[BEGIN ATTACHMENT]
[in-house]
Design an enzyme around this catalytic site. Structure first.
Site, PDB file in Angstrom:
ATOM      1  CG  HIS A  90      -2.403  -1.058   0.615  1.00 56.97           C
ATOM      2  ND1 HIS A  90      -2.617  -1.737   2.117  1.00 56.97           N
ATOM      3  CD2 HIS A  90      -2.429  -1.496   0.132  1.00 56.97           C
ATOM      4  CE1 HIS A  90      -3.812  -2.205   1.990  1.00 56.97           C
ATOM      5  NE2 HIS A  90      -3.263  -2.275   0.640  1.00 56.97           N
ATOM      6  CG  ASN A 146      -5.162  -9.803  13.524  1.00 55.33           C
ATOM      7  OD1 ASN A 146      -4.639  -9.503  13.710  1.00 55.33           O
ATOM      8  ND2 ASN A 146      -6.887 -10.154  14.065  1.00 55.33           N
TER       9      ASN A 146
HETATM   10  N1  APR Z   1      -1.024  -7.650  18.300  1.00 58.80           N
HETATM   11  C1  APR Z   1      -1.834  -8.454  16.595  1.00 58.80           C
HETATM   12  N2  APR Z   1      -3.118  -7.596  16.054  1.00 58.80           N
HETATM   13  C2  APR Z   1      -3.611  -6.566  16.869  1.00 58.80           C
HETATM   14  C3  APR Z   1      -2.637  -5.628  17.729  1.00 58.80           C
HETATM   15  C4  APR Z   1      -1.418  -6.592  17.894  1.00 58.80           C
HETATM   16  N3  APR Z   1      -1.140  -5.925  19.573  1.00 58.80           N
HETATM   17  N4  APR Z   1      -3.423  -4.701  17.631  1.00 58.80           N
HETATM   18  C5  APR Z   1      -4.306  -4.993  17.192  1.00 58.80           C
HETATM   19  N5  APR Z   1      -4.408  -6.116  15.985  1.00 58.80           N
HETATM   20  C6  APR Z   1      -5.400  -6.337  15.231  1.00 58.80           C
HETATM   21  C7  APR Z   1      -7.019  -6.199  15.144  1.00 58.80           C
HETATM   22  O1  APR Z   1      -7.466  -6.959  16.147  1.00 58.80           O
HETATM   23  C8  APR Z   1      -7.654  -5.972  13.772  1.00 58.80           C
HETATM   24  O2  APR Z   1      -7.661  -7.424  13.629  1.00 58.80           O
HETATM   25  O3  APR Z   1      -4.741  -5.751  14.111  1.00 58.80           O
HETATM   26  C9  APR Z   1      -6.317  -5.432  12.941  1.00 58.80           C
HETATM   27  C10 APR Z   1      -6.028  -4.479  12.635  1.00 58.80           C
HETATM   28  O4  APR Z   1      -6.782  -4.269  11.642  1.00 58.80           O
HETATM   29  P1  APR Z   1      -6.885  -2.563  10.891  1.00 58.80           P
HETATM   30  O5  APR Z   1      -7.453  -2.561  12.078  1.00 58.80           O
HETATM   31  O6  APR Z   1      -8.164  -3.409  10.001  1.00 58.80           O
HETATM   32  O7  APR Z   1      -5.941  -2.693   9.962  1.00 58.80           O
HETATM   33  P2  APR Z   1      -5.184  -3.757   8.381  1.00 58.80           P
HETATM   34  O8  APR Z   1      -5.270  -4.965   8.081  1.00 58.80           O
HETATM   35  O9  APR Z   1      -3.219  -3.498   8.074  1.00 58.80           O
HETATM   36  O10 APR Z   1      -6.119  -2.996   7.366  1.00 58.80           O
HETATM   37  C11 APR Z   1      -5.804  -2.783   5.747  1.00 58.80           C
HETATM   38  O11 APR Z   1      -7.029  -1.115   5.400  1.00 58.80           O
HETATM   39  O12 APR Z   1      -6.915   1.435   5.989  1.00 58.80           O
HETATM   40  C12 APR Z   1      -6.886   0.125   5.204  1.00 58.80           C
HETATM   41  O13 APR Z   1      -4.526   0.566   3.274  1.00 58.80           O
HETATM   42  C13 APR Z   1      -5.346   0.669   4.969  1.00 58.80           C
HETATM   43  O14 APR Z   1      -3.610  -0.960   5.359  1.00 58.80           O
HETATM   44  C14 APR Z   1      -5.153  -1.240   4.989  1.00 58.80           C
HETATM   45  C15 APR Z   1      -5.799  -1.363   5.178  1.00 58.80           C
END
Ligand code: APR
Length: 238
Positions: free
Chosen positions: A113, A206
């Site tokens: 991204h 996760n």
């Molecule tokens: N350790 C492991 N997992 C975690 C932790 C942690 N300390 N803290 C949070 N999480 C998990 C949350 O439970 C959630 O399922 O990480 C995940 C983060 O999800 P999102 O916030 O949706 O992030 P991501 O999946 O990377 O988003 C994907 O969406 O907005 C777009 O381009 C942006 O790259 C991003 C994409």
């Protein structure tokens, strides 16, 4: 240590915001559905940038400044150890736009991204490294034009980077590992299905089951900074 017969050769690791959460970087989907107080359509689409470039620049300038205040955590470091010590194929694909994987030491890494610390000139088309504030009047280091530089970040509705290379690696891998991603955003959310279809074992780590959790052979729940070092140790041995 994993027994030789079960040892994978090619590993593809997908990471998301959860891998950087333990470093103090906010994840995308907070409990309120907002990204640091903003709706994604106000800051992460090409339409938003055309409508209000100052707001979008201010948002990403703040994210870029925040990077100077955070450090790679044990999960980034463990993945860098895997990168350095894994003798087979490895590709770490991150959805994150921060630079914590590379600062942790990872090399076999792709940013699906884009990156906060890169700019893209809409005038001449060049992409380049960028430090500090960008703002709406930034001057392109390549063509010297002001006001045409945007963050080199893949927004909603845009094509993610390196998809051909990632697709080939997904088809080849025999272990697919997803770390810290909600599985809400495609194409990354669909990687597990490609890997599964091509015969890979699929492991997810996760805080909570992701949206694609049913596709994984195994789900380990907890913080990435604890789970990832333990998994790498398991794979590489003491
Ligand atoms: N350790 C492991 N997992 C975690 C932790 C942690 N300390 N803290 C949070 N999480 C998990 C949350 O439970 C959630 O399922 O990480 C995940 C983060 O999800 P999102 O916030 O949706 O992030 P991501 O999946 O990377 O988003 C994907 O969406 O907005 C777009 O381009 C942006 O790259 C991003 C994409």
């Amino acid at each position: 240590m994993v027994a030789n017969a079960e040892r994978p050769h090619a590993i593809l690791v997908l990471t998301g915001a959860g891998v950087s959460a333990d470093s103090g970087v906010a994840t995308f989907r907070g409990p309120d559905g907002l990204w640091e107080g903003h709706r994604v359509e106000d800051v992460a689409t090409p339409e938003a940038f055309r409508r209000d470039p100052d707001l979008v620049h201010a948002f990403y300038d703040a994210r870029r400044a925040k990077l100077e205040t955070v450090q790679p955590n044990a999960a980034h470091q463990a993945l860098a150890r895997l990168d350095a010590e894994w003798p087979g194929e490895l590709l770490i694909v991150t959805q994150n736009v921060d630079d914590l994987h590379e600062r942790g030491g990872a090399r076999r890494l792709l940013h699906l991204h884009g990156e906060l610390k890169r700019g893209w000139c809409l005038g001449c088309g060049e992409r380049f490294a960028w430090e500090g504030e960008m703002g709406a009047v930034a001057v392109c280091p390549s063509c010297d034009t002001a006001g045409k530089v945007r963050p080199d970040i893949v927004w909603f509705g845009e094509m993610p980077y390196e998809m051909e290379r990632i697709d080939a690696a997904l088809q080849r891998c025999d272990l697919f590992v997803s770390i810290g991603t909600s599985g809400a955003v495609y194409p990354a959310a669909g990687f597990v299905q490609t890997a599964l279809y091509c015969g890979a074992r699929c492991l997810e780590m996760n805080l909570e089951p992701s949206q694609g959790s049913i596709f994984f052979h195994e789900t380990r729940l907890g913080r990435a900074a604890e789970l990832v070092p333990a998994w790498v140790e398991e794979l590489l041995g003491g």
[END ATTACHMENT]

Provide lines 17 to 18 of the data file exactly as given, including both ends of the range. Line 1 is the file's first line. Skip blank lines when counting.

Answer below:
HETATM   14  C3  APR Z   1      -2.637  -5.628  17.729  1.00 58.80           C
HETATM   15  C4  APR Z   1      -1.418  -6.592  17.894  1.00 58.80           C